Obamacare and recent Democratic tax increases were also behind Chris Sununu’s victory in New Hampshire. Sununu criticized the cost of health insurance for state residents and pledged to work to end Obamacare, advocating instead for a system that allows insurers to compete across state lines. Declaring that New Hampshire would be “open for business” under him, Sununu also said that he would seek to institute right-to-work to let employees opt out of joining a union if they wish, and that he would look to cut corporate taxes.

Republican Eric Greitens’s victory in Missouri, a state that already has a GOP legislature, was one of Tuesday’s most unusual. While it’s too early to call Greitens, who has never held office, a rising GOP star, his résumé trumps just about every other Republican officeholder. A Rhodes Scholar and former Navy SEAL who won a Bronze Star and Purple Heart, Greitens founded the nonprofit The Mission Continues, which helps veterans adjust to life back home through community service. Time political correspondent Joe Klein profiled Greitens in his 2015 book, Charlie Mike: A True Story of Heroes Who Brought Their Mission Home, and called Greitens’s achievements, which included volunteering with Mother Theresa in India, “stratospheric.” A Democrat turned Republican, Greitens shook up the political establishment in Missouri, winning the GOP nomination with just 35 percent of the vote. While the St. Louis Post-Dispatch described Greitens’s agenda as checking “the usual Republican boxes, calling for right-to-work legislation, holding down taxes and supporting law enforcement,” a number of typically Republican-leaning groups, like the state’s agricultural interests, declined to support him. Echoing Trump, Greitens accused them of being insiders “who don’t want this game to change.” Among other things, Greitens also becomes Missouri’s first Jewish governor.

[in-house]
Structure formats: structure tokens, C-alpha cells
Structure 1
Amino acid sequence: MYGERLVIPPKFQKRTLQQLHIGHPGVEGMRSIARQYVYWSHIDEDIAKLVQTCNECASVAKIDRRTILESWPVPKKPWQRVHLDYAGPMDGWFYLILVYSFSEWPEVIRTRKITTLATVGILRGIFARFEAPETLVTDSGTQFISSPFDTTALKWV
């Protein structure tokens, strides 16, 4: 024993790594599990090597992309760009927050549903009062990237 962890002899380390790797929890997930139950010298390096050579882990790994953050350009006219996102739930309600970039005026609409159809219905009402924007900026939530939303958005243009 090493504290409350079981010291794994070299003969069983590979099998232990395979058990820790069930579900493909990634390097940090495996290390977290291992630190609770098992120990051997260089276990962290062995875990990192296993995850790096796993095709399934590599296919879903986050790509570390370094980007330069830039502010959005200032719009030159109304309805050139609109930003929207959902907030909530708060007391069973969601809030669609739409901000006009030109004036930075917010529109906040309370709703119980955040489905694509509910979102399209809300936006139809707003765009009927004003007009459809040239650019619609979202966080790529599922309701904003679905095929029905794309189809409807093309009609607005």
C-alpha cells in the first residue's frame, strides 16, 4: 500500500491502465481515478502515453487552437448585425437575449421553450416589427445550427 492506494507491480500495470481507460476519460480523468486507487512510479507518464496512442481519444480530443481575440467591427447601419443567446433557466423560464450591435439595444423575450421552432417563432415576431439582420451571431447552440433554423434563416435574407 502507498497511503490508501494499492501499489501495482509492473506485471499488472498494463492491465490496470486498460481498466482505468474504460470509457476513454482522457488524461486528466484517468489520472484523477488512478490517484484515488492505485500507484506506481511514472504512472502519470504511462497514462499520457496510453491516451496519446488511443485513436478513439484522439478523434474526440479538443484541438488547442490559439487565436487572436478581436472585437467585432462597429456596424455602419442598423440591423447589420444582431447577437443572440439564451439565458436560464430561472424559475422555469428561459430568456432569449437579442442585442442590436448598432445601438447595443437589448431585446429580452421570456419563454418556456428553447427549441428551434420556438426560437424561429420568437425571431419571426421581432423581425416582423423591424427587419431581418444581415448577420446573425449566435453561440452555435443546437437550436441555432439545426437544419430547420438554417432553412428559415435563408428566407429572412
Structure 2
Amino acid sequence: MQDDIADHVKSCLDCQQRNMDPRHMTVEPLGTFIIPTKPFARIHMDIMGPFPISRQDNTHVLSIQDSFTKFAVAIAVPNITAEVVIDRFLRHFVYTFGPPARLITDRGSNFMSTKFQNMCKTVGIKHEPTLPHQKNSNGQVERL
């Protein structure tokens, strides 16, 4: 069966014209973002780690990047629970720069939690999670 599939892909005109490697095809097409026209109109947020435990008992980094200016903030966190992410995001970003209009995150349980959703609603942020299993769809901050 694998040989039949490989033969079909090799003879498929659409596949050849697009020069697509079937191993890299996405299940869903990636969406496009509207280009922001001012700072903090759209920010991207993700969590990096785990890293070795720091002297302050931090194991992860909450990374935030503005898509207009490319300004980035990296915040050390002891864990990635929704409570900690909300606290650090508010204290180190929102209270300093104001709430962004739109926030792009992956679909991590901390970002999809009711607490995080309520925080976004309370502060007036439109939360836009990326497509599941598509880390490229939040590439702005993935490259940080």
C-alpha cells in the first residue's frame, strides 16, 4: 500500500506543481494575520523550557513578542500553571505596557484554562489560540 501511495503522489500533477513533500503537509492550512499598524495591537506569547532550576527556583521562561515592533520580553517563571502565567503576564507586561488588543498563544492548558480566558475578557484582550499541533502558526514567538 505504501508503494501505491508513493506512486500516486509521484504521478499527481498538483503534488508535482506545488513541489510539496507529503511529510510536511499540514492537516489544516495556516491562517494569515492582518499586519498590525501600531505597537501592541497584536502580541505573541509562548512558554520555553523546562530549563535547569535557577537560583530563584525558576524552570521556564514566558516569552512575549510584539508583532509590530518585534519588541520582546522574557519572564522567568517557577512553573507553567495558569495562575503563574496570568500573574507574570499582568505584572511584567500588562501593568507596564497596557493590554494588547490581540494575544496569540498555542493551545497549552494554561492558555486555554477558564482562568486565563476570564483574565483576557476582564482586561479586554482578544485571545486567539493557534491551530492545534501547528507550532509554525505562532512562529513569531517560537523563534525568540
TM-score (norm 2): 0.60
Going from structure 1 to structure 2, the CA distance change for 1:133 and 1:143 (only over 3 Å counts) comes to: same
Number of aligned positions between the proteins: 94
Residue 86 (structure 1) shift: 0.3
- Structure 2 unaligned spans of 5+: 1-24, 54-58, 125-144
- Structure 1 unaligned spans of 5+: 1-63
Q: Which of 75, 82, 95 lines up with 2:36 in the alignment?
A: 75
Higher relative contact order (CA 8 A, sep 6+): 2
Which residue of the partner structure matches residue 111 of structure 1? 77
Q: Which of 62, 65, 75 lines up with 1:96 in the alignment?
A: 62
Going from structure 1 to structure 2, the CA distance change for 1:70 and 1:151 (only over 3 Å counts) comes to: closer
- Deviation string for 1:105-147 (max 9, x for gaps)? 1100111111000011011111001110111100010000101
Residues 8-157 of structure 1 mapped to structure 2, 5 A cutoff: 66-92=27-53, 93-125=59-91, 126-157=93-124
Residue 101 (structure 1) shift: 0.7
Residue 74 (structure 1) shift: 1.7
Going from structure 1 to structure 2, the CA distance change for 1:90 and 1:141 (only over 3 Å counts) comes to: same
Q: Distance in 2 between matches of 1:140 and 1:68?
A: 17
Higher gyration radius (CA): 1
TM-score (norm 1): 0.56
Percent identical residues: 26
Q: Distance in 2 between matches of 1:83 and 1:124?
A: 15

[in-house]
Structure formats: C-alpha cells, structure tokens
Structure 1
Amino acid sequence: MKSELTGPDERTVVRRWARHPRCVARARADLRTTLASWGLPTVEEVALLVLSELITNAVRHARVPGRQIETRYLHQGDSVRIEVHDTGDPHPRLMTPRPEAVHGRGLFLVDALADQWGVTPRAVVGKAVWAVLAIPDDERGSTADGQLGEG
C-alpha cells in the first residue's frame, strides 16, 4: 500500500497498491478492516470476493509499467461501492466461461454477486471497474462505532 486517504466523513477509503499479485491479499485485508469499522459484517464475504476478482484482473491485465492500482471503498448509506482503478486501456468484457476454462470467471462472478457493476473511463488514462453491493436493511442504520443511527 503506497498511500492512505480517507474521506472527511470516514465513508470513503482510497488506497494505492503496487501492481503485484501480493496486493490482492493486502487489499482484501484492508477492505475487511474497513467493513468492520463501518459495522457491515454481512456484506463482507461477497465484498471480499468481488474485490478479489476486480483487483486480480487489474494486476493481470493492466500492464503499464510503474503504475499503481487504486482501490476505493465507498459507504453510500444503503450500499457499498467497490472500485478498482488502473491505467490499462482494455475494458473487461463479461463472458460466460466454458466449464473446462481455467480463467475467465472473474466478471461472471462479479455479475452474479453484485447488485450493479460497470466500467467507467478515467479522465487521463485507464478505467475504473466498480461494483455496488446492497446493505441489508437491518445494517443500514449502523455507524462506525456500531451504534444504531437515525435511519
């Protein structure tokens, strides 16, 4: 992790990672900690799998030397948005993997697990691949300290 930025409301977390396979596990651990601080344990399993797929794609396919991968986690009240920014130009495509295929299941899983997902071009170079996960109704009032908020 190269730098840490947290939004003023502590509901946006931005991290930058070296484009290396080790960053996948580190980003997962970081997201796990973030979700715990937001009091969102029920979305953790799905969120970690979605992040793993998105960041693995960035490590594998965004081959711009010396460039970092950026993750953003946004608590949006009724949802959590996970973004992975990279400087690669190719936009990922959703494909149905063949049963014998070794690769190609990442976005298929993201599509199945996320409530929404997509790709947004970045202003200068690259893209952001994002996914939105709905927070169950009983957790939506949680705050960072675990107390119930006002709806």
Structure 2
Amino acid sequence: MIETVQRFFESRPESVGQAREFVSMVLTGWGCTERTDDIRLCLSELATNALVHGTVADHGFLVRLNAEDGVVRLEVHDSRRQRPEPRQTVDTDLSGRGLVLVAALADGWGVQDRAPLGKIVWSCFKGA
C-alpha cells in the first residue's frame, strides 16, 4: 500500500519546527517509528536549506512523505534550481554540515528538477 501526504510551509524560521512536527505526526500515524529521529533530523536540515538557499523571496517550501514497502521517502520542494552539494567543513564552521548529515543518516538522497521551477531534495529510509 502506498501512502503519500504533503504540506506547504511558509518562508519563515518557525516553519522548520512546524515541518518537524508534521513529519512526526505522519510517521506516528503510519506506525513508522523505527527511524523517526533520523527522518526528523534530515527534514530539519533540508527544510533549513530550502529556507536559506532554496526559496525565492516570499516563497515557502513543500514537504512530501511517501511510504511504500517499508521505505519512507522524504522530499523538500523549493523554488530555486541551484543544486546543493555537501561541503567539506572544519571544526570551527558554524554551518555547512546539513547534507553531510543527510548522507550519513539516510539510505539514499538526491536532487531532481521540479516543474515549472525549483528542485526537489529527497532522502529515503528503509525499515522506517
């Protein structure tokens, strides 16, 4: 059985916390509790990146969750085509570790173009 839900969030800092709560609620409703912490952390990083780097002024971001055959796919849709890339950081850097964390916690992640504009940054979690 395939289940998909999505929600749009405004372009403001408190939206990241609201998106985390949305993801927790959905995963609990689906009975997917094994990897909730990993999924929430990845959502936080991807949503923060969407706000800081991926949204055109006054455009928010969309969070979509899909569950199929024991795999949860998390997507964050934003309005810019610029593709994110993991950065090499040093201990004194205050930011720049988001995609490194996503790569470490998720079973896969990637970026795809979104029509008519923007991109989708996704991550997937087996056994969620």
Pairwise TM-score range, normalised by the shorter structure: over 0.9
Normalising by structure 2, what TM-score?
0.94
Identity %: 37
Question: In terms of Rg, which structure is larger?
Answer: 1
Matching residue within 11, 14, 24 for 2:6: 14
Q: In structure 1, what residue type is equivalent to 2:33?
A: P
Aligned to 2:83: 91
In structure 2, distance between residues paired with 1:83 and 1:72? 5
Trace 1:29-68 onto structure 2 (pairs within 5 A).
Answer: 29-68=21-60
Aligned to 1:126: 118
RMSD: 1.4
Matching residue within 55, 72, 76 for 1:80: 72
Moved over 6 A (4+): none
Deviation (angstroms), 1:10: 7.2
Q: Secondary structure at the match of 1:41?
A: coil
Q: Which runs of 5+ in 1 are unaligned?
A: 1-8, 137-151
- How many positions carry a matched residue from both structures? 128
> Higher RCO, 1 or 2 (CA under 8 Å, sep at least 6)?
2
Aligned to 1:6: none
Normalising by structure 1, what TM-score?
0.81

For eight years, Republican control of state governments has proved a check on the Obama presidency, especially as the president pushed to extend the power of the federal government through executive decree. Republican governors have resisted the expansion of Medicaid under Obamacare, and GOP-led states have forged the opposition to federal rules on local power plants and on granting legal work status to some illegal aliens through executive action.

Going into Tuesday’s election, with Clinton as the odds-on favorite of most pundits, the Republican Party invested heavily to defend the gains it has made in the states as an essential restraint on Washington. Now, suddenly, the bulging crop of GOP governors and state legislators find themselves with something they’ve not had for eight years—a president and Congress of the same party, intent on changing things in Washington.

Steven Malanga is the senior editor of City Journal, the George M. Yeager Fellow at the Manhattan Institute, and the author of Shakedown: The Continuing Conspiracy Against the American Taxpayer.

Photo by @TeamGreitens